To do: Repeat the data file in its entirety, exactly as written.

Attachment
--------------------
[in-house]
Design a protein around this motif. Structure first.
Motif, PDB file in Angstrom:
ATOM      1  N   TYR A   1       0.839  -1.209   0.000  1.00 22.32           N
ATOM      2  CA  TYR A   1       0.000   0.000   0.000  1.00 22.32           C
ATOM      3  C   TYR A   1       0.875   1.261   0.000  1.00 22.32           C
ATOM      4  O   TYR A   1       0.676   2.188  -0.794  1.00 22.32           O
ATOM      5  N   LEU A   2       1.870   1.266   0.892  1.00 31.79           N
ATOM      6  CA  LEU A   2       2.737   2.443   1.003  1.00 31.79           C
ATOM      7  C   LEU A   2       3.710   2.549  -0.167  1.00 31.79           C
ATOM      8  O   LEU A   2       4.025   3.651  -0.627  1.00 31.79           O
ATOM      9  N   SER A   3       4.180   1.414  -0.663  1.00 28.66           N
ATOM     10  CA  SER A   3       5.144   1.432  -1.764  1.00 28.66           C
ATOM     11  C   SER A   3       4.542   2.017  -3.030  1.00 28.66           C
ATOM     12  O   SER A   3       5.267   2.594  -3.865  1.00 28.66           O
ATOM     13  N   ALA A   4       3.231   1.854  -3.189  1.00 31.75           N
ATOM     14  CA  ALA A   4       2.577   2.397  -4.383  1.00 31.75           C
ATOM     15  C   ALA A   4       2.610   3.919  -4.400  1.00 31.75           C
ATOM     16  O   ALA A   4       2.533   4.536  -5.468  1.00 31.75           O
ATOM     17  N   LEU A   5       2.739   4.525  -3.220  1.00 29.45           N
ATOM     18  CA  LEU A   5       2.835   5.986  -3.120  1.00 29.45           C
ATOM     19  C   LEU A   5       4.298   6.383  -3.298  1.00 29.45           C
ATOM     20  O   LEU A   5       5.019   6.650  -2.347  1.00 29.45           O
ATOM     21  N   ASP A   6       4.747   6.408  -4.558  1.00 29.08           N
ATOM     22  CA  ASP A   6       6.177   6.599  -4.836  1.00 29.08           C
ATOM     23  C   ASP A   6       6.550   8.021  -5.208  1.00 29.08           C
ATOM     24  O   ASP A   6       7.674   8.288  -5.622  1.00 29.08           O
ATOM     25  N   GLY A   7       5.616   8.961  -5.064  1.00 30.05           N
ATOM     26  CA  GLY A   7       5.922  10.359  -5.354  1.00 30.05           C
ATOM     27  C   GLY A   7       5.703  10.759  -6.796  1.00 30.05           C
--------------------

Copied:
[in-house]
Design a protein around this motif. Structure first.
Motif, PDB file in Angstrom:
ATOM      1  N   TYR A   1       0.839  -1.209   0.000  1.00 22.32           N
ATOM      2  CA  TYR A   1       0.000   0.000   0.000  1.00 22.32           C
ATOM      3  C   TYR A   1       0.875   1.261   0.000  1.00 22.32           C
ATOM      4  O   TYR A   1       0.676   2.188  -0.794  1.00 22.32           O
ATOM      5  N   LEU A   2       1.870   1.266   0.892  1.00 31.79           N
ATOM      6  CA  LEU A   2       2.737   2.443   1.003  1.00 31.79           C
ATOM      7  C   LEU A   2       3.710   2.549  -0.167  1.00 31.79           C
ATOM      8  O   LEU A   2       4.025   3.651  -0.627  1.00 31.79           O
ATOM      9  N   SER A   3       4.180   1.414  -0.663  1.00 28.66           N
ATOM     10  CA  SER A   3       5.144   1.432  -1.764  1.00 28.66           C
ATOM     11  C   SER A   3       4.542   2.017  -3.030  1.00 28.66           C
ATOM     12  O   SER A   3       5.267   2.594  -3.865  1.00 28.66           O
ATOM     13  N   ALA A   4       3.231   1.854  -3.189  1.00 31.75           N
ATOM     14  CA  ALA A   4       2.577   2.397  -4.383  1.00 31.75           C
ATOM     15  C   ALA A   4       2.610   3.919  -4.400  1.00 31.75           C
ATOM     16  O   ALA A   4       2.533   4.536  -5.468  1.00 31.75           O
ATOM     17  N   LEU A   5       2.739   4.525  -3.220  1.00 29.45           N
ATOM     18  CA  LEU A   5       2.835   5.986  -3.120  1.00 29.45           C
ATOM     19  C   LEU A   5       4.298   6.383  -3.298  1.00 29.45           C
ATOM     20  O   LEU A   5       5.019   6.650  -2.347  1.00 29.45           O
ATOM     21  N   ASP A   6       4.747   6.408  -4.558  1.00 29.08           N
ATOM     22  CA  ASP A   6       6.177   6.599  -4.836  1.00 29.08           C
ATOM     23  C   ASP A   6       6.550   8.021  -5.208  1.00 29.08           C
ATOM     24  O   ASP A   6       7.674   8.288  -5.622  1.00 29.08           O
ATOM     25  N   GLY A   7       5.616   8.961  -5.064  1.00 30.05           N
ATOM     26  CA  GLY A   7       5.922  10.359  -5.354  1.00 30.05           C
ATOM     27  C   GLY A   7       5.703  10.759  -6.796  1.00 30.05           C